“Yeah, that’s them.”

“Yeah, that’s my cousin and my wife. It’s okay, they can charge it on my card.”
~ Julian Schnabel Remembers NYC’s Now-Shuttered Pearl Paint

MB Cool. I was really interested in the aerial photography from Enter the Void and how one could understand that conceptually as a POV, while in fact it’s more of an objective view of the city where the story takes place. So it’s an objective and subjective camera at the same time. I know that you’re interested in Kubrick. We’ve talked about that in the past because it’s something that you and I have in common—

GN You’re obsessed with Kubrick, too.

MB Does he still occupy your mind or was he more of an early influence?

GN He was more of an early influence. Kubrick has been my idol my whole life, my own “god.” I was six or seven years old when I saw 2001: A Space Odyssey, and I never felt such cinematic ecstasy. Maybe that’s what brought me to direct movies, to try to compete with that “wizard of Oz” behind the film. So then, years later, I tried to do something in that direction, like many other directors tried to do their own, you know, homage or remake or parody or whatever of 2001. I don’t know if you ever had that movie in mind for your own projects. But in my case, I don’t think about 2001 anymore now. That film was my first “trip” ever. And then I tried my best to reproduce on screen what some drug trips are like. But it’s very hard. For sure, moving images are a better medium than words, but it’s still very far from the real experience. I read that Kubrick said about Lynch’s Eraserhead, that he wished he had made that movie because it was the film he had seen that came closest to the language of nightmares.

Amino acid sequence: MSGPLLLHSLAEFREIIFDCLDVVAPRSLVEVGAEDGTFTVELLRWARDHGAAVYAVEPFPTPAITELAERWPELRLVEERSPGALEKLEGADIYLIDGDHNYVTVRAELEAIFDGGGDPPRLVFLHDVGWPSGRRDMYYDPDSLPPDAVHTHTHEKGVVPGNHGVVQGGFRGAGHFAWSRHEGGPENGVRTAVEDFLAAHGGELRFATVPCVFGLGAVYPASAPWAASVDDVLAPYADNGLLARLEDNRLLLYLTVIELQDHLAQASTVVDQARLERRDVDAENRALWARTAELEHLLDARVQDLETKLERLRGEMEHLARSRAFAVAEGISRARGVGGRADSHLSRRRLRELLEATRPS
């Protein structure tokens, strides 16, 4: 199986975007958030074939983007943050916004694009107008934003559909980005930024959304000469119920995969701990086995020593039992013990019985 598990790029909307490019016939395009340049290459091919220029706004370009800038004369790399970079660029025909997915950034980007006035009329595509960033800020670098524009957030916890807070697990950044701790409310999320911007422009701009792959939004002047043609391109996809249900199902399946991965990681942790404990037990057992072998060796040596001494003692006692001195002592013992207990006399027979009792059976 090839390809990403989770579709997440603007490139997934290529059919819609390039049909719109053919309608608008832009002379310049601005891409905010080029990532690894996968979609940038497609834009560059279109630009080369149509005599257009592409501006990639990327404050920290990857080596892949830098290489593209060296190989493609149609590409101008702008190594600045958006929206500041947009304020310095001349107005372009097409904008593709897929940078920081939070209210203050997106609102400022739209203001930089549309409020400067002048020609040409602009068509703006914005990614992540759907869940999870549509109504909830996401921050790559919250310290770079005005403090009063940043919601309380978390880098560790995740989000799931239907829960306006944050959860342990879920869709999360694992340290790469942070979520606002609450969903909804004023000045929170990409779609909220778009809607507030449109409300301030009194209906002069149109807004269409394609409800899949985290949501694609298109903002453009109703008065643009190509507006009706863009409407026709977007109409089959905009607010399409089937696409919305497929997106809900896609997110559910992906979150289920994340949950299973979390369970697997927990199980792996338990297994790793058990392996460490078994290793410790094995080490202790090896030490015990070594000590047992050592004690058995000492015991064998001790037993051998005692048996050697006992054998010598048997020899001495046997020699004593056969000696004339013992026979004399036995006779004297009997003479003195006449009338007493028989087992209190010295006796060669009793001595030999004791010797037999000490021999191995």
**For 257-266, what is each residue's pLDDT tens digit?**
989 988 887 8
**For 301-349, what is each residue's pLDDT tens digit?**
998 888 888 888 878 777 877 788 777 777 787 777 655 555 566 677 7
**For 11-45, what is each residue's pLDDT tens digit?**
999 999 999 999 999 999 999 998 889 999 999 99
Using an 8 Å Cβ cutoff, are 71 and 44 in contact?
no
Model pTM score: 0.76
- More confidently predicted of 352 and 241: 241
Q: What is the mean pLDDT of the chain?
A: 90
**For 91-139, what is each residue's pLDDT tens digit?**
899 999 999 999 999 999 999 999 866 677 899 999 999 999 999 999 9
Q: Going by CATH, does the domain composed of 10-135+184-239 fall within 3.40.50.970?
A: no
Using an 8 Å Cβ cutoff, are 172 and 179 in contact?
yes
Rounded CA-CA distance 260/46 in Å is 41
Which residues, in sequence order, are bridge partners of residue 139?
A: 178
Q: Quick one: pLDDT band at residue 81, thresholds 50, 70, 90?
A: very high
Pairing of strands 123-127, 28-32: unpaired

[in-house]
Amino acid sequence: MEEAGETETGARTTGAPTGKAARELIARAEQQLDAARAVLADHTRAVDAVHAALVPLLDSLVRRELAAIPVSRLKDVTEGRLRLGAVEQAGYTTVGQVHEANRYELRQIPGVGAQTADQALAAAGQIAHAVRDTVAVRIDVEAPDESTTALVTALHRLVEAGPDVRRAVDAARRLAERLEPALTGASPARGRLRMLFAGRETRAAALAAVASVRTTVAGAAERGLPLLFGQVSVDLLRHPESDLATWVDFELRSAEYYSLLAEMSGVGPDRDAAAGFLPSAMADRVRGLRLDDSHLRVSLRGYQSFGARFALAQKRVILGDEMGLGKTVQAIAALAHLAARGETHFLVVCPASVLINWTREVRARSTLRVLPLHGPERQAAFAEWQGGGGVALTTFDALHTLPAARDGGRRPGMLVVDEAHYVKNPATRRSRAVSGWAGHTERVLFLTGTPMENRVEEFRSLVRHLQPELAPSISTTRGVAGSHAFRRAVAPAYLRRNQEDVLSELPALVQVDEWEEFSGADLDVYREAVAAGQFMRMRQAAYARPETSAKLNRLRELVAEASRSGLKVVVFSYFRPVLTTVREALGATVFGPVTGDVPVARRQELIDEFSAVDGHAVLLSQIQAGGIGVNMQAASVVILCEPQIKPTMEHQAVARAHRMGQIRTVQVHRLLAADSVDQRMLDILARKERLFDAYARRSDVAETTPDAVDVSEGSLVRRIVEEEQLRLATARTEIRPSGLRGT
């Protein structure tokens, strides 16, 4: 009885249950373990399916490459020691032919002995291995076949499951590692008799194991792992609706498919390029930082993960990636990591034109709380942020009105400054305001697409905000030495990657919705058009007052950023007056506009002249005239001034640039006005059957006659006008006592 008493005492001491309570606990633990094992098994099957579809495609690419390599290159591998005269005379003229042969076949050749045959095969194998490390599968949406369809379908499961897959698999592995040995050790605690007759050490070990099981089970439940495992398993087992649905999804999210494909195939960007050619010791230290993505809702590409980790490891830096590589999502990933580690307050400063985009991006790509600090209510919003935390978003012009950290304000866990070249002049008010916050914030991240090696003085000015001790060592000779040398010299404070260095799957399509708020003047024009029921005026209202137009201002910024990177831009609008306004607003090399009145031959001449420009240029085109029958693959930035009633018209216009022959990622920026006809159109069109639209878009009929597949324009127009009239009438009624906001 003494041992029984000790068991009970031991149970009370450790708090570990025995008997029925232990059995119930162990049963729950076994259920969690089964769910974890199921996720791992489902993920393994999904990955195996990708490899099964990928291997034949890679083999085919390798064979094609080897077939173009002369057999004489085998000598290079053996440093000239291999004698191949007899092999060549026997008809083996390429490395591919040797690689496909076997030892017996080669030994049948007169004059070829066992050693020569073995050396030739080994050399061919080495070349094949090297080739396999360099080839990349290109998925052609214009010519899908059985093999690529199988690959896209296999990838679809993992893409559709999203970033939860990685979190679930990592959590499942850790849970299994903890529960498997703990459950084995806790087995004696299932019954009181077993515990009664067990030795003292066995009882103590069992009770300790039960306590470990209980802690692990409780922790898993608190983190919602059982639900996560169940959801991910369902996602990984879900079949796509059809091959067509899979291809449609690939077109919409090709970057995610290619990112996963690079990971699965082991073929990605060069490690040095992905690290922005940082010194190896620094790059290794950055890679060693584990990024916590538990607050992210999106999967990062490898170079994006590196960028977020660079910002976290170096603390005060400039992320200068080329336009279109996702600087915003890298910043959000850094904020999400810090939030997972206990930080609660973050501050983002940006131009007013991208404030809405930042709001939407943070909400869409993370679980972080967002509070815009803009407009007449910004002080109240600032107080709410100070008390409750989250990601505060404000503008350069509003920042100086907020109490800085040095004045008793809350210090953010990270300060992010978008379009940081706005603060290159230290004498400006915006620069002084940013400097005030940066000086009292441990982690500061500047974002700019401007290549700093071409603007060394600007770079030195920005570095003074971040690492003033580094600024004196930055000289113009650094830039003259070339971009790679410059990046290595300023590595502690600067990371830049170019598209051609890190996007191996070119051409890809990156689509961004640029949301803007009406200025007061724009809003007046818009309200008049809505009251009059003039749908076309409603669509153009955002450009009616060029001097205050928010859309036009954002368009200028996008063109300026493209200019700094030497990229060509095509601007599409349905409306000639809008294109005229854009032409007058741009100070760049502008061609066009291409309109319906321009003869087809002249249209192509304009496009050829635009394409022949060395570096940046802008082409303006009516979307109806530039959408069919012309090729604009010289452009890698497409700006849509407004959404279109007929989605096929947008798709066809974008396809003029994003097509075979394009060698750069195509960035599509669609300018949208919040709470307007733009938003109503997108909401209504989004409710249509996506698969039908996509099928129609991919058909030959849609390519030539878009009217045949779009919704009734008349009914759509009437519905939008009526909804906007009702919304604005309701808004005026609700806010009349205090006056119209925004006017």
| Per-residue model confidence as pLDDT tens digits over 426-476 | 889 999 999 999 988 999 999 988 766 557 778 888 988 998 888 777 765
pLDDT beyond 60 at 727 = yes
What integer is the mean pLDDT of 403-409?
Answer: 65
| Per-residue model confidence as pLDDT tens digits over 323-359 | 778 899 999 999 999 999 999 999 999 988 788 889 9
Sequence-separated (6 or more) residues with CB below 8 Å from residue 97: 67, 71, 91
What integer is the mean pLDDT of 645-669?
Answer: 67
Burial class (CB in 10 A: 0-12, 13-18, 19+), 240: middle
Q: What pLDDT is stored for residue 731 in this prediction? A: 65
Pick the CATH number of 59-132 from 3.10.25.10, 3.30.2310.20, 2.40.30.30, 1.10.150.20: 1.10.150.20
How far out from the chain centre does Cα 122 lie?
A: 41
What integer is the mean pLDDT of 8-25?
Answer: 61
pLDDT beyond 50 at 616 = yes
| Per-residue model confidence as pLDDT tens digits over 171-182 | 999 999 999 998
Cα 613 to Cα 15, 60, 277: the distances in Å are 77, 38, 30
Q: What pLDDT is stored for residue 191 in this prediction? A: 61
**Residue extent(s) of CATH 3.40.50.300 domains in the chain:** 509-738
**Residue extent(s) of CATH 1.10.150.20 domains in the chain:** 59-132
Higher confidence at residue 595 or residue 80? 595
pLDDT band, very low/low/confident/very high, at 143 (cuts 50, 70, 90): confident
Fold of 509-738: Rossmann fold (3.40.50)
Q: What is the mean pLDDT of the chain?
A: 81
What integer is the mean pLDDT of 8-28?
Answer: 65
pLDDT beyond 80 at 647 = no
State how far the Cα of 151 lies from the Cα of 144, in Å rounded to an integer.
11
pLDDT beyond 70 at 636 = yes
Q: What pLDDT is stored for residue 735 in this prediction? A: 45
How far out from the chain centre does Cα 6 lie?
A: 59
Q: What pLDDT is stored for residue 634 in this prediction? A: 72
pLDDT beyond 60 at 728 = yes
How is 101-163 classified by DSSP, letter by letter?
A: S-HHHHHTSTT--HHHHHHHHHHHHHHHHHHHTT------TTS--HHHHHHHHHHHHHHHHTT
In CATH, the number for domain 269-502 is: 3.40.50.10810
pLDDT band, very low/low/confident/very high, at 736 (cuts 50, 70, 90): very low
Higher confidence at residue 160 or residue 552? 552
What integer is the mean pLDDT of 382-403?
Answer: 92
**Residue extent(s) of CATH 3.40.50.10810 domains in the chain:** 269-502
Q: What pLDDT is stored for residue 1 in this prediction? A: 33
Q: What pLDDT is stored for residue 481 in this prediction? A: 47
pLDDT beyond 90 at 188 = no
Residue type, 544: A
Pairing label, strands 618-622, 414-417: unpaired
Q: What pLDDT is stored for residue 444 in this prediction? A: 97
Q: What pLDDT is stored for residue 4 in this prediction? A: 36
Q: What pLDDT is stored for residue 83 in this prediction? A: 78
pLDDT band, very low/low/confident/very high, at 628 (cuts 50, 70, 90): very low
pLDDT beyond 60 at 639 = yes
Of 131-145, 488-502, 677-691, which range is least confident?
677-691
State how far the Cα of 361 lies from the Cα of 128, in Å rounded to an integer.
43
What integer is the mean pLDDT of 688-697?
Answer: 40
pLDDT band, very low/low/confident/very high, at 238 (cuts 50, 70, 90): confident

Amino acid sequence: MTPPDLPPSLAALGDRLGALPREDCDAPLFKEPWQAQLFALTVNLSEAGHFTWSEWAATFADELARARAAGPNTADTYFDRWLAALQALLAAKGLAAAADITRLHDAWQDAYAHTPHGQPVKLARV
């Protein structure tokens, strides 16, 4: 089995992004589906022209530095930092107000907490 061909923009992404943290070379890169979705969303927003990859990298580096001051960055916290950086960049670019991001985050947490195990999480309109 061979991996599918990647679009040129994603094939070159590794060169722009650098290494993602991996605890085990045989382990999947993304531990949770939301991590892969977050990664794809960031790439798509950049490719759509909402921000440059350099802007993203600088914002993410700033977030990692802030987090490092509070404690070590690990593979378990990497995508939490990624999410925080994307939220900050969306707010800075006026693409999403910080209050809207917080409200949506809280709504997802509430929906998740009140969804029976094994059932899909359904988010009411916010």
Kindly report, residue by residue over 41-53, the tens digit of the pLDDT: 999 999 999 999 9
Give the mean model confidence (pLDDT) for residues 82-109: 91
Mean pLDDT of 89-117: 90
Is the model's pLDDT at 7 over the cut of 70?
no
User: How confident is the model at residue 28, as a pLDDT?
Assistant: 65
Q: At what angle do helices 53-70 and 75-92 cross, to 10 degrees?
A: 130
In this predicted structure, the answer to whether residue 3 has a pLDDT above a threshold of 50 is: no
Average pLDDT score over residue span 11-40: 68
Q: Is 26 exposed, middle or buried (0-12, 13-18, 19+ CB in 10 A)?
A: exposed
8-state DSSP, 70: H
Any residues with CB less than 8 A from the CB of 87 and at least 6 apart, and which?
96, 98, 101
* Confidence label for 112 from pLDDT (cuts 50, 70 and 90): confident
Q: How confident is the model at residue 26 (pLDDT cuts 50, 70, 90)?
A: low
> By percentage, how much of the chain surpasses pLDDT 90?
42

Matthew Barney and Gaspar Noé